Canada was made for winter sports! Let’s face it, you can either stay inside most of the time between November and March, or you can embrace the cold, drizzly, snowy weather (insert your local weather conditions). You are not alone in your pursuit of the perfect winter activity. Much of Canada has found that they either can stay home and experience cabin fever or find a way to be social in spite of the long winter.
If you had been watching the Winter Olympics, you know that two of the most watched sports are Hockey and Curling. Canadian athletes have excelled in these sports for decades. But be honest, would you watch Curling during regular competitions?
Curling may not be your idea of an exciting spectator sport. Most of us find it has all the appeal of watching turtle races. Compared to our other national passion, Hockey, Curling involves slow precision, planning strategies in reaction to the opponents’ actions and what seems like a bunch of shouting and open tactical discussions.
A few years ago, we started hosting international exchange teachers and thought they might enjoy a typical Canadian winter sport. The event was a hit and I have to say I was hooked on Curling!
Our events included families, singles and people in their middle age. We would typically meet for a lesson that included learning how to throw the rock, gliding on the ice, the finer points of sweeping and the rules of how to score. After practicing our skills, we would break up into 2 teams and play a few ends or a full game, depending on the time. We would end our “bonspiel” with a nice lunch at a local restaurant. Traditionally, the winning team gets to buy drinks but we didn’t hold anyone to that rule this year.
Four Myths about Curling:
- Curling is for old folks who like to meet on weekday mornings. Curling is a sport that appeals to all ages. When we were out last Saturday, there was a young couple who were clearly on a date. You don’t have to look far (see this year’s Canadian Women’s Curling Team) to find many younger players enjoying the sport. Local Curling Clubs even have lessons for children.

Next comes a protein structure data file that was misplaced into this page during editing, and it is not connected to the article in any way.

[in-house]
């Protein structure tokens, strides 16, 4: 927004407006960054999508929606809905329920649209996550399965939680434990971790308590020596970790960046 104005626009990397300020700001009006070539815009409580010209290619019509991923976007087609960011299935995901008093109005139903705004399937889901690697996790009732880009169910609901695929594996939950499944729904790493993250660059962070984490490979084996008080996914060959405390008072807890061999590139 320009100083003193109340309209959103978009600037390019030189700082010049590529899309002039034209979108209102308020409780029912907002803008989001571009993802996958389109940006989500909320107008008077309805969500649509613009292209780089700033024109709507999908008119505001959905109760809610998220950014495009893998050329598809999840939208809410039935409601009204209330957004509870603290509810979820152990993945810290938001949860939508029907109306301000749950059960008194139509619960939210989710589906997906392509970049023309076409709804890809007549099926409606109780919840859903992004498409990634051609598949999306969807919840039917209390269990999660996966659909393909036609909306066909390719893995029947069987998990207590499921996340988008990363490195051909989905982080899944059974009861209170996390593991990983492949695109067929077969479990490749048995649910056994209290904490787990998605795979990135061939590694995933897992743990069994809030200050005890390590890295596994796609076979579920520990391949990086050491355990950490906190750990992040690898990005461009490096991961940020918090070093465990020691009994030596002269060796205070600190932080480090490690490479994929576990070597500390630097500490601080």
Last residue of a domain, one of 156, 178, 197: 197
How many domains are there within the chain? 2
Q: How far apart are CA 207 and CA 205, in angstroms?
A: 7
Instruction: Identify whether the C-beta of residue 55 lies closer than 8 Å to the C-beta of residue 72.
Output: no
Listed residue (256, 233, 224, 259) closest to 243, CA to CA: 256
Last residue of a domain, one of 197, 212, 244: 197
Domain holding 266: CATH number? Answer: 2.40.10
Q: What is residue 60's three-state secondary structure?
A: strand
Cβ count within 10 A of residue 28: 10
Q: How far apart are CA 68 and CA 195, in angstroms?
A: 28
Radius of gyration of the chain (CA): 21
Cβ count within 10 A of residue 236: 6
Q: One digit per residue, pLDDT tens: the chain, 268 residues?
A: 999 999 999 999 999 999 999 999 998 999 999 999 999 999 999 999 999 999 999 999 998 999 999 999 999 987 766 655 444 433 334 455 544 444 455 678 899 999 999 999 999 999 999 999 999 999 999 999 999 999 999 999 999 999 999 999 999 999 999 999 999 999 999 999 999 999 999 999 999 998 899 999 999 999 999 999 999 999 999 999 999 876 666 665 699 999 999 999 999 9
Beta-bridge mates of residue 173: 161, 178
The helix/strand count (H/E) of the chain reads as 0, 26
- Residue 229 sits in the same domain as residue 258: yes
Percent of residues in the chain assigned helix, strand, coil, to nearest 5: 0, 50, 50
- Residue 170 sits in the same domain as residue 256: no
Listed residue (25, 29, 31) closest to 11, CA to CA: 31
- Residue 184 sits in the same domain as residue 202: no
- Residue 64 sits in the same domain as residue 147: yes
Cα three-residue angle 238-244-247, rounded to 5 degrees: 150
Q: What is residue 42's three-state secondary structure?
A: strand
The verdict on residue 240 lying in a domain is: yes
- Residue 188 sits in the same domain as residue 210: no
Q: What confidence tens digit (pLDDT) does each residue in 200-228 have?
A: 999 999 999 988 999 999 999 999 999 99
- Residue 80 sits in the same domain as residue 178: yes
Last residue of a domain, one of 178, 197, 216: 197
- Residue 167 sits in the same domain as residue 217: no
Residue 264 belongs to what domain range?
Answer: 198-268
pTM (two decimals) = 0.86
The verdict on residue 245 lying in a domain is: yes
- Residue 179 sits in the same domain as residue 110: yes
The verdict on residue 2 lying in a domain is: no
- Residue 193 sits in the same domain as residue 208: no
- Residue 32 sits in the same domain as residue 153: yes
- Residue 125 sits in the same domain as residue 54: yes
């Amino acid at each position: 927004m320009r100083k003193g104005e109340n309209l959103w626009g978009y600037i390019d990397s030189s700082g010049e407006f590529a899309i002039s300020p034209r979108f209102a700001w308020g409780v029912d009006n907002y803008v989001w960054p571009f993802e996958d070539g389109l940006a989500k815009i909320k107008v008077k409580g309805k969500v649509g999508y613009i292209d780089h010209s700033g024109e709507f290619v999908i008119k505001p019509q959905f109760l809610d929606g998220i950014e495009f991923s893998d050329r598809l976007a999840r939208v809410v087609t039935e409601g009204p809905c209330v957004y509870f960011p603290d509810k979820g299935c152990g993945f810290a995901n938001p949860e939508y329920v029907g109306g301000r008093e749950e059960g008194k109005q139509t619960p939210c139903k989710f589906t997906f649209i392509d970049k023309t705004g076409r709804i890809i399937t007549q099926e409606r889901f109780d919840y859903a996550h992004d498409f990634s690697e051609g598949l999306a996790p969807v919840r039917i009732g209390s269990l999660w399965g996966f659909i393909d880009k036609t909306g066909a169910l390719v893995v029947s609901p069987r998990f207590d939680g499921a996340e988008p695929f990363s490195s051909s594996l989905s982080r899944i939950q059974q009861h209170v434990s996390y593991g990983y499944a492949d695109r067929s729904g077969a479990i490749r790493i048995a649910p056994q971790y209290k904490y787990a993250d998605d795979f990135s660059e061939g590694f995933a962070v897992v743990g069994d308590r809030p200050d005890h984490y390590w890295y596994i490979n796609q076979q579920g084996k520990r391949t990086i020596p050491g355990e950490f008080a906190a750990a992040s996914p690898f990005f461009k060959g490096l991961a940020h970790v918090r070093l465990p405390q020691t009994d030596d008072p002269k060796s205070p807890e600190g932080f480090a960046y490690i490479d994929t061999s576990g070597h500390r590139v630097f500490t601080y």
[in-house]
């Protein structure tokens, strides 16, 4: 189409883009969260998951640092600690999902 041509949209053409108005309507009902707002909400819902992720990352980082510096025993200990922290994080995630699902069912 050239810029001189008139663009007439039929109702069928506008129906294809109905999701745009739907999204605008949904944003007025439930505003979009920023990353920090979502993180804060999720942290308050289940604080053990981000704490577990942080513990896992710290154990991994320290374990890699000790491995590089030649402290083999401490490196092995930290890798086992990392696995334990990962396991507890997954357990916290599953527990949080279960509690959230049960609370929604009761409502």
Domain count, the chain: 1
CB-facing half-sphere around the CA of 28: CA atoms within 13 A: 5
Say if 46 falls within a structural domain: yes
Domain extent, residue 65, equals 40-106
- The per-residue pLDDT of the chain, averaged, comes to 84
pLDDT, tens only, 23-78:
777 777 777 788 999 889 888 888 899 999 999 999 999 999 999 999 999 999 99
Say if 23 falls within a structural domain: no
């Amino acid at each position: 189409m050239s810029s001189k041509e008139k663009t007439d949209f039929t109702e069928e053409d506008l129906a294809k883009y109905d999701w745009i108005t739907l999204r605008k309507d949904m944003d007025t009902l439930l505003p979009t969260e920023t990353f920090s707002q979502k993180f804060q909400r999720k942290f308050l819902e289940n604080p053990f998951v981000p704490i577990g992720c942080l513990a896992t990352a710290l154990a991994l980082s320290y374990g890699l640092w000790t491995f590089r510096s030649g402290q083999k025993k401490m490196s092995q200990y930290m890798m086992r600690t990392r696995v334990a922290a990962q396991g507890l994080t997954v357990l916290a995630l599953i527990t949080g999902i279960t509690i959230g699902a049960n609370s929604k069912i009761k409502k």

- Curling is too hard. It requires physical agility. Yes, the pros make it look easy. The way they glide on the ice, releasing that rock… But if you are not as flexible as most, maybe you have bad knees, then you can use a stick to push the rock, much like shuffleboard. It’s easy to master. Curl BC even runs clinics for people with disabilities to learn to curl and join curling leagues.
- Curling will costs too much. Renting the ice is quite affordable. We were a group of 8 and it only cost us $5 each for 1.5 hrs of playtime. Check your local Curling Rink for details. As for equipment, you’ll need a clean pair of running shoes and warm clothes (you probably own all that).
- I am not a member of a Curling Club. A quick Google search reveals that there are 20 curling clubs listed in the Lower Mainland-Fraser Valley. The Langley Curling Club has a Monday Night Learn to Curl League. At a cost of $120 for 9 sessions, that’s a very affordable activity. Novice curlers can also join others to form a team for Saturday or Sunday games. Children as young as 5 years old can take lessons on Saturdays.
I’ve only curled a few times, but I have to say it’s given me a new appreciation for what I once thought was a slow game. Now that I understand the rules, I actually enjoy watching others compete. As for the social aspect, each time I mention that I’ve been curling, someone asks me if I’d like to join their league as they are always looking for more players. Now how friendly is that?